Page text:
Old Tales Get a Twist in Digital Festival

By Molly Gilmore

Online-only theater was born during the height of the pandemic, and Seattle’s Rainy Day Artistic Collective is keeping the form going with “Twisted Tales,” a festival of original one-act plays inspired by well-known stories. “Twisted Tales,” which features an international cast including Stephanie Kamau of Olympia, runs Dec. 2-4.

Dana Hall and Dan Schwager star in “I’m Worried About Lucille,” written by DC Cathro and directed by James Provost.

It’s the second edition of “Twisted Tales” for the collective, which began producing digital theater in February 2021 and plans to move toward a hybrid model. “It was very popular with our community last year, and people really enjoyed it, so we brought it back,” said Jack Séamus Conley, the collective’s artistic director.

The collective invited playwrights to submit 10- to 15-minute-long plays that started with familiar tales, then worked with directors to put together a program. “In the festival this year, we have a piece based on Greek mythology,” Conley told OLY ARTS. “We have a piece based on ‘The Itsy Bitsy Spider.’ We have pieces based on classic fairy tales like Snow White and Sleeping Beauty. We have a superhero-themed piece. We try to have a variety.”

Brigid Pfeifer and Ollie Philips rehearse “Confessions of the Big Bad Wolf,” written by Marcia Eppich-Harris and directed by Zinc Tong.

There’ll be some surprises in store, said Kamau, who is playing a pixie named Frostblossom in a piece called “Your Friendly Local HOA.” “Twisted Tales is particularly fun,” she said. “It has such a fun spin on some classic tales.”

The festival is divided into two programs, one with five plays and the other with four plays and three monologues from Conley’s “Dorothy, Mary, Wendy, Alice: Grown,” which the collective plans to produce next year. Each program will be streamed twice, with about half of the shows recorded in advance and half performed live for each performance. “For the very first time ever, we’re producing in this part festival a one-act piece that we’re pre-recording because one actor is playing both parts, and it’s not possible to do it any other way,” Conley said.

He and collective co-founder Laura Uyeki are gearing up for another first: They aim to produce “Dorothy, Mary, Wendy, Alice” on stage somewhere in Seattle. “Although of course traditional stage theater is wonderful and isn’t going anywhere, we think that virtual theater is the way of the future,” he said. “We want to keep our national and international community connected with us. So eventually, our season will be split evenly between physical stage projects and virtual stage projects.”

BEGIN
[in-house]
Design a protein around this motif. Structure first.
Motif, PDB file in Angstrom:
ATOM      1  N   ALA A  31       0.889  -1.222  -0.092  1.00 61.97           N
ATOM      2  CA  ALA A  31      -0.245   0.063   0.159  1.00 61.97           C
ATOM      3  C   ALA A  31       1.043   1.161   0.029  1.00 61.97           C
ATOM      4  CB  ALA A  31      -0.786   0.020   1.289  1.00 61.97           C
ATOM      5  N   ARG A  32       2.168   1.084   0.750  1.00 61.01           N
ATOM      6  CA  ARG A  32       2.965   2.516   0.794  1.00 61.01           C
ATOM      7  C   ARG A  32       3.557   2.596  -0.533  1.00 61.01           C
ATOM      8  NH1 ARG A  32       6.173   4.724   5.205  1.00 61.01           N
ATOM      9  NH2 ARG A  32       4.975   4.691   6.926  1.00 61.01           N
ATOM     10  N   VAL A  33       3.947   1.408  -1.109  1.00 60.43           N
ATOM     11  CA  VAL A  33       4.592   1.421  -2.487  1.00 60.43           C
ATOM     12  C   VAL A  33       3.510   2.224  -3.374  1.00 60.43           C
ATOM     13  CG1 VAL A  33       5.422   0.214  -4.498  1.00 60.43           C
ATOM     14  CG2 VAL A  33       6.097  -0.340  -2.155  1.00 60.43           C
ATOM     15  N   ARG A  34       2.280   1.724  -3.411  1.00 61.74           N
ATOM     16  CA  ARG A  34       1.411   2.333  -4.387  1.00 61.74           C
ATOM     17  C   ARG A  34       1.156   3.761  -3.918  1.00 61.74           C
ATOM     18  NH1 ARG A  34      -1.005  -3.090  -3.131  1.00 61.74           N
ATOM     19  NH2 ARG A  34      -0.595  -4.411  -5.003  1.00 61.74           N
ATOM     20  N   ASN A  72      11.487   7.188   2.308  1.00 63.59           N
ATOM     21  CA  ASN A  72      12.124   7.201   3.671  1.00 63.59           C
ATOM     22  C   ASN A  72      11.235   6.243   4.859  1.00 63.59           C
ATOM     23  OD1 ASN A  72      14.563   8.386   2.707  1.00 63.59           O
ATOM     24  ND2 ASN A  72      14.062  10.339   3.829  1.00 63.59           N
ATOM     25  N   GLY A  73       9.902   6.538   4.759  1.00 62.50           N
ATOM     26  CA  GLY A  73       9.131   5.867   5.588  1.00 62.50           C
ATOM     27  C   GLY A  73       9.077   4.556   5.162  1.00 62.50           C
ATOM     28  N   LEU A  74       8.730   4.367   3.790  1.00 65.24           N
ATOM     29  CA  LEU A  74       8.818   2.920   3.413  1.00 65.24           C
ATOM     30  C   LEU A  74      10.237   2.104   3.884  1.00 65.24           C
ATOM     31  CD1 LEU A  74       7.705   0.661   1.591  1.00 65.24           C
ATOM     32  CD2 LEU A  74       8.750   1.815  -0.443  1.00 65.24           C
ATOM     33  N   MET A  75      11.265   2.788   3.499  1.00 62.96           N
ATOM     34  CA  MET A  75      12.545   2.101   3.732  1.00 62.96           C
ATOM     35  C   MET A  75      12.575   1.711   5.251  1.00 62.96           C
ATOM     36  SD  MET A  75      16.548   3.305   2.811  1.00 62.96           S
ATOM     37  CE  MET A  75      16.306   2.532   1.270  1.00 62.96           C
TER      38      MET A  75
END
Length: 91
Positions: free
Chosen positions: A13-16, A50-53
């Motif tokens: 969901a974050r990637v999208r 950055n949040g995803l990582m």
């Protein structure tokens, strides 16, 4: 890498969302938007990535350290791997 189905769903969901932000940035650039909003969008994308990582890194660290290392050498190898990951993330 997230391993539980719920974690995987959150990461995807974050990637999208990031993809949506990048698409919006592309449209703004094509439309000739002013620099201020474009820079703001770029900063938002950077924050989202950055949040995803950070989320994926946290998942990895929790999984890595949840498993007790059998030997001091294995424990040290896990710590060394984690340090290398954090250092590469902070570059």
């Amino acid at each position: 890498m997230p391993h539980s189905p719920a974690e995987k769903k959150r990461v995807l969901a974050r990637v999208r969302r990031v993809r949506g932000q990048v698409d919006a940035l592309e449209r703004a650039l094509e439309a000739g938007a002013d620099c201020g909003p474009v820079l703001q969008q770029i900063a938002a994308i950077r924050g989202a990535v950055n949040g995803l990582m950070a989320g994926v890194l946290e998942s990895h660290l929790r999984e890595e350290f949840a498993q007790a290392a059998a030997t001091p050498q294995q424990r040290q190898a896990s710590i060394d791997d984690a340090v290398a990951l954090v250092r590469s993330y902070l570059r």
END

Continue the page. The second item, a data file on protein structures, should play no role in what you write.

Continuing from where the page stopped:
“Our community spans all time zones of the United States,” he added. “We’ve worked with artists from Mexico, England, and New Zealand.” Kamau, whose onstage acting experience includes productions at The Evergreen State College, is also excited about making connections far from home. “In my first play, the director was on the East Coast, and I would have never met her if I only did in-person acting,” she said.

Margaux Berwitt plays both roles in “Narcissa, Narcissa,” written by Aly Kantor and directed by Jack Séamus Conley.

“I love the ability to be flexible in rehearsals and the unique challenge of settings,” she added. The collective’s plays sometimes use props and settings that are within actors’ homes and sometimes place the players’ Zoom squares within a background of, say, a castle, using Open Broadcaster Software. The free program also allows a producer to add sound effects and move the video feeds around the screen.

Creating a virtual space has its challenges, but a digital theater company doesn’t need to find — or pay for — performance space, something that’s helped Conley and Uyeki to launch Rainy Day with unusual speed. The duo, roommates as well as collaborators, created the collective in August of 2020 and began producing work in February 2021. In less than two years, the collective has produced four full-length plays — including October’s “Cyrano de Bergerac,” which starred Ejay Amor, recently seen on stage in Olympia Family Theater’s “Dragons Love Tacos” — and nearly a dozen festivals.

“We also regularly host script readings that anyone can attend,” Conley said. “That’s a big way that we build community with low stakes and no audience, and it also helps us choose our main stage shows.” (Metaphorically speaking, of course.)

Photos courtesy Rainy Day Artistic Collective.

|Twisted Tales

Program A at 7 p.m. Dec. 2 and 3 p.m. Dec. 3
Program B at 7 p.m. Dec. 3 and 3 p.m. Dec. 4


Free with $10 donation suggested


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